"Well, that would not have been my tactics, if your party is divided, well how do you bring it together if you don't invite all sides?" he asks, confounded by the decision.
But that is exactly what they did to Saunders, a legendary Democratic operative with a deep Southern drawl, a commanding presence and a fierce loyalty to his party, despite its sharp turn left beginning along the fringes with Al Gore.
Saunders is the Democrats' outspoken liaison between progressive candidates and rural voters in order to help them soften their message to longtime Democratic voters who still like God and guns and find themselves in a church pew every Sunday. He was unceremoniously uninvited to the very event that was supposed to bring rural and progressive Democrats together ahead of the governors races this year.
He said: "Like I said, not exactly the way I would have approached it. I think every voice needs to be heard, we are losing rural Democrat support and I think we really need that for this governor's race in order to win."
In short, Democrats believe that because of their populous numbers in the urban suburbs in Northern Virginia, they don't need rural voters. And they aren't showing any willingness to petition, engage with them or win them over.
Their beef with him involves his unwillingness to vote for Hillary Clinton last year. It doesn't help that he was pretty outspoken about it.
"They don't have to. And this is why we are the minority party," said Dane Strother, a Washington, D.C.-based Democratic strategist with deep Southern roots. "If we remain uninterested in the rural vote we will remain the minority party."
Virginia Democrats are in the midst of a civil war that is only getting worse since the election of Donald J. Trump. Virginia did not go for Trump, but its rural voters, a decent amount of them Democrats, voted decisively for Trump over their party's nominee.
That civil war has escalated as the Democratic primary race for governor moves front and center. Candidates Ralph Northam, an Eastern Shore native, and Tom Perriello, who once represented the 5th Congressional District, both come from rural Virginia.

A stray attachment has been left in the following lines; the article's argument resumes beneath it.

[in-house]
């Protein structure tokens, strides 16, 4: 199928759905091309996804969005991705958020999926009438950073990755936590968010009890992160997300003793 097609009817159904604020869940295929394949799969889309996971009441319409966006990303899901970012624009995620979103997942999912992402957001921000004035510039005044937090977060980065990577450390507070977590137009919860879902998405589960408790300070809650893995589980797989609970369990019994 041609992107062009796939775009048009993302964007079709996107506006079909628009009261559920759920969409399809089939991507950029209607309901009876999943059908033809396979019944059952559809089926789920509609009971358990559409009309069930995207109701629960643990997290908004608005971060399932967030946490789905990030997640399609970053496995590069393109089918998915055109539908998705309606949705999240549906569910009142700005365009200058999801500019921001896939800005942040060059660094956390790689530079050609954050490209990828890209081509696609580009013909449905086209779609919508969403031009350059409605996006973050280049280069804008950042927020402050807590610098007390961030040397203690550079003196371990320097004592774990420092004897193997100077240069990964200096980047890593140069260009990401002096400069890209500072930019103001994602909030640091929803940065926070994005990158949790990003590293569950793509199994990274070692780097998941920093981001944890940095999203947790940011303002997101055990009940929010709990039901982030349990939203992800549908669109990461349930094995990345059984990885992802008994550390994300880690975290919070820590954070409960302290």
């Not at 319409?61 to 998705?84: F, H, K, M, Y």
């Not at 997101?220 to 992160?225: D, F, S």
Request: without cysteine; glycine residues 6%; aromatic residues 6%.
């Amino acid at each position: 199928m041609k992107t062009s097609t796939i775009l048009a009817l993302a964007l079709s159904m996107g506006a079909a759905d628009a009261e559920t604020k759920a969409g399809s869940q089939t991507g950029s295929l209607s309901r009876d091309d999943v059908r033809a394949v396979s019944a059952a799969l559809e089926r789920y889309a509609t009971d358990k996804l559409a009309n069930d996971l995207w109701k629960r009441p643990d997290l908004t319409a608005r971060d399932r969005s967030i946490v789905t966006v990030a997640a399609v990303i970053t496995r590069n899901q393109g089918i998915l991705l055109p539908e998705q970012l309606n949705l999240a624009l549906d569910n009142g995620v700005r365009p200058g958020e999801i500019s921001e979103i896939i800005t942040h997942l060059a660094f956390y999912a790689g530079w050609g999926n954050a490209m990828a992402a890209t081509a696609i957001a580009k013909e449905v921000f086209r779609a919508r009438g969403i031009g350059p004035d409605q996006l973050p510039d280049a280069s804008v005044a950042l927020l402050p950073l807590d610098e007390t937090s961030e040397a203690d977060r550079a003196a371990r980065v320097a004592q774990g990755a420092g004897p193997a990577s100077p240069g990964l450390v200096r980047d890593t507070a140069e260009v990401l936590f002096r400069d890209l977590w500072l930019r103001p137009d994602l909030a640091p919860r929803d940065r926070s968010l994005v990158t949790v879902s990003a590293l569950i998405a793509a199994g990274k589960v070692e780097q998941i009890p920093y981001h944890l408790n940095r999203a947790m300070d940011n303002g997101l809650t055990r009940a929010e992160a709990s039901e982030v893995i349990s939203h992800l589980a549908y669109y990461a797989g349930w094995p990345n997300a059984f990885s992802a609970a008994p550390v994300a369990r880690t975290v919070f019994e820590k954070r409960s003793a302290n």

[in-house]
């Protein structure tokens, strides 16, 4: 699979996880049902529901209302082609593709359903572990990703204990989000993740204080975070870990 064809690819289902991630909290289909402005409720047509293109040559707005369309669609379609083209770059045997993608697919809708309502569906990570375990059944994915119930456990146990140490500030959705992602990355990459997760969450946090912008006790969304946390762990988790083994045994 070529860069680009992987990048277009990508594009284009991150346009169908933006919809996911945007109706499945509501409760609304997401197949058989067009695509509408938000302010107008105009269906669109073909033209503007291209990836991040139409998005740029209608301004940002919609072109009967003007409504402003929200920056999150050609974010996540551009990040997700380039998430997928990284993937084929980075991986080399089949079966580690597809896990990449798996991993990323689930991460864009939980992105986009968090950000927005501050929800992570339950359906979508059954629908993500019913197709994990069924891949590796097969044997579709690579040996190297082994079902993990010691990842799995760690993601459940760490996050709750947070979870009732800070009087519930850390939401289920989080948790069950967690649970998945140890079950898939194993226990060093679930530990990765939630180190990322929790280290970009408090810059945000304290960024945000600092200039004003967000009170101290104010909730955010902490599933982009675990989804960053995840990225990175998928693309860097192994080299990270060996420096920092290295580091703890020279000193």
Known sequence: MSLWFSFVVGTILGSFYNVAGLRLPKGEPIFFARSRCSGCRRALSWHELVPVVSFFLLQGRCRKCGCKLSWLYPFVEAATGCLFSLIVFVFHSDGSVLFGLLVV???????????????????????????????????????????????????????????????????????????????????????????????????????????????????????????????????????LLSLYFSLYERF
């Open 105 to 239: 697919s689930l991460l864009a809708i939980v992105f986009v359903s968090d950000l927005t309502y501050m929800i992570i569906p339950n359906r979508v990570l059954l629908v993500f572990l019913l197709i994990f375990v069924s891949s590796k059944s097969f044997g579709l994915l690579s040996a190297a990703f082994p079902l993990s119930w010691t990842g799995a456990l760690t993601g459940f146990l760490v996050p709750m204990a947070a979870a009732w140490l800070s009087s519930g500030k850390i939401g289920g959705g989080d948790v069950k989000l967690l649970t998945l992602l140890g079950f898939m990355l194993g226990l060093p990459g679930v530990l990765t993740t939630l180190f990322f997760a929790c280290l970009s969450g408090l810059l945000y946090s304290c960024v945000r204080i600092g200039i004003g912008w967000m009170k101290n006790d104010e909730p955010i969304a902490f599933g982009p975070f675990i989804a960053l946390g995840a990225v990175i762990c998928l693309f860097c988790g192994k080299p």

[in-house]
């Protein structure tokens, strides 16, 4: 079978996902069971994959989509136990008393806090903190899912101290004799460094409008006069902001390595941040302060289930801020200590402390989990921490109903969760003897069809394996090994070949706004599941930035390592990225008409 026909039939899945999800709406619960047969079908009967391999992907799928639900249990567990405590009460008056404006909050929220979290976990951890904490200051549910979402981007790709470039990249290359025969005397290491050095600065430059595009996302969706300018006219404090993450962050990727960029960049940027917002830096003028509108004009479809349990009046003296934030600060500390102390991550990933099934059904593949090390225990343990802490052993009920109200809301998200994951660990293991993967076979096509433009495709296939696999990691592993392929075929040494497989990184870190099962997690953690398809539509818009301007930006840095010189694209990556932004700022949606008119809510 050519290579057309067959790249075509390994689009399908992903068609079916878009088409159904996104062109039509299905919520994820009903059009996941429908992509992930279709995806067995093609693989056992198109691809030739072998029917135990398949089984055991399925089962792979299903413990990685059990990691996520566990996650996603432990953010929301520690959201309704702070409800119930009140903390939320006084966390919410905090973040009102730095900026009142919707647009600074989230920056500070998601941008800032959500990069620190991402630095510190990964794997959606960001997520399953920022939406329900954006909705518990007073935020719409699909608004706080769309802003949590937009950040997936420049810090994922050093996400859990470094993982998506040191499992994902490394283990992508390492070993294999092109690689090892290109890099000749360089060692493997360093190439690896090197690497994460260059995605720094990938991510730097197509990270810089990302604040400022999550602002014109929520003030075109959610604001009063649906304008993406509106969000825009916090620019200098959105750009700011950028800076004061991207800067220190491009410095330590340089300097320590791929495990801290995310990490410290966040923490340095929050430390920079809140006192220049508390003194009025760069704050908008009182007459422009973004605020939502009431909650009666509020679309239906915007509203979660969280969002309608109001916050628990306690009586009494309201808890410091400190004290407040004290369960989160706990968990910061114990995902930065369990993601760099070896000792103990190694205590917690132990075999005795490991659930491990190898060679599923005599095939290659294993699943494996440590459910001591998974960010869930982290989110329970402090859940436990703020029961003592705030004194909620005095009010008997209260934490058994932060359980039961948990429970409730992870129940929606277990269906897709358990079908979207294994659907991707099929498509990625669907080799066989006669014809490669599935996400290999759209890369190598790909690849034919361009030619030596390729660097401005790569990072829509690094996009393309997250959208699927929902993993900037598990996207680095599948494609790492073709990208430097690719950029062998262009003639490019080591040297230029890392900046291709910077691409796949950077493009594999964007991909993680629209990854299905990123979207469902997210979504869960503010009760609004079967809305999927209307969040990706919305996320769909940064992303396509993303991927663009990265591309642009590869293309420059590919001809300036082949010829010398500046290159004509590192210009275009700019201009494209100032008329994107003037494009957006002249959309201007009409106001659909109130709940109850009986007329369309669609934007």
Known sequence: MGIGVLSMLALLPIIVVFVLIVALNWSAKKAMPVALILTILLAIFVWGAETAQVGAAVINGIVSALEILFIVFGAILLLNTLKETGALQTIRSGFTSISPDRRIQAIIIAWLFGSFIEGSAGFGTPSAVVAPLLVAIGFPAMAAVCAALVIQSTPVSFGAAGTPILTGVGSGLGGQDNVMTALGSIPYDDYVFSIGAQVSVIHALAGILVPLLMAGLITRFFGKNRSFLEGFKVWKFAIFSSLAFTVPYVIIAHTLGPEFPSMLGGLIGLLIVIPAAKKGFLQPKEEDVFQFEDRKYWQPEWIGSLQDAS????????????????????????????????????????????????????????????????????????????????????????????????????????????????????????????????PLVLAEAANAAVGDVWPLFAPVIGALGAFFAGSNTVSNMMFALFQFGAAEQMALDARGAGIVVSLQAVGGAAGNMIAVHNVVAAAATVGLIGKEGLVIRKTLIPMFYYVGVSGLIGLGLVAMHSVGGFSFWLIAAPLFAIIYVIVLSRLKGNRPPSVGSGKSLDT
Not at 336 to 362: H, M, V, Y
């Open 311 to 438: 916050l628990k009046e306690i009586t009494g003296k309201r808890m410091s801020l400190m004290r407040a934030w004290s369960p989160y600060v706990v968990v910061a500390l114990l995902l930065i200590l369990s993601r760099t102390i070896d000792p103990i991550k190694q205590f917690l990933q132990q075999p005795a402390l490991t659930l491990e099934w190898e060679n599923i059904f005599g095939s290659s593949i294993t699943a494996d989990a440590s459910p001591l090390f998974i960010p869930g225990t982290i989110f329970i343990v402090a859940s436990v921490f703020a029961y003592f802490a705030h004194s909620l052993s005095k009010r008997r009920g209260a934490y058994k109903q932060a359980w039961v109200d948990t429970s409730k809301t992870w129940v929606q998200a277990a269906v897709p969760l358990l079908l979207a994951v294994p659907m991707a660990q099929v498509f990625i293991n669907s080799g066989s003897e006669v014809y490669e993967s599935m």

Mudcat supports Northam. He said: "Perriello used to be pro-life, now he's not. Perriello used to be pro-gun, now he is not. He is running away from the moderate Democrats and right into the arms of the left of the party and it's disappointing."
Earlier this month, Sen. Bernie Sanders, the de facto leader of the Democratic Party's progressive wing since he effectively harnessed energy among the party's far left during last year's primary contest with Clinton, endorsed the former congressman in the governors race.
The former Blue Dog-like Democrat came into the House majority one cycle after the wave of moderate Democrats swept Republicans into the minority.
Northam is the current lieutenant governor of Virginia, a position elected separately from the governor's office. He is moderate and populist and liked by the state's Democratic Party. He also voted for George W. Bush for president -- twice.
One of these guys will soon be the Democratic nominee for governor in Virginia, said Strother: "It is one of only two states, New Jersey is the other, that hold governors' races this year, I think this contest in a purple state will show us the direction my party is going. Will they go full progressive? Will they include blue-collar and working class rural Democrats in a message that they can rally around? I sure hope so, or we are in a world of hurt."
Strother said the decision in Roanoke to disinvite Mudcat was a "stupid" one: "This is a defining race for us. We have to have a developed, authentic message that reaches these voters and stop alienating them or we will remain in the wilderness."
Here in the Shenandoah Valley, those exact types of voters are turned off by progressive politics and the state, despite going blue three presidential elections in a row. Those numbers for Democrats have softened in those cycles, not hardened.
The story to watch first is: where do Democrats go in their primary race this summer? Do they continue to push out moderate voices like Mudcat? Do they find a way to bring them in with a message that appeals to all? Or do they march leftward? And, if so, does that march keep them in the wilderness, or do they find victory in the fall?
It is certainly the race to watch. Why? Well, because the Democrats need the Mudcats of this world in their party -- not just here but across the country -- and they need to let them have a voice. If not, they risk remaining the minority party up and down the ballot.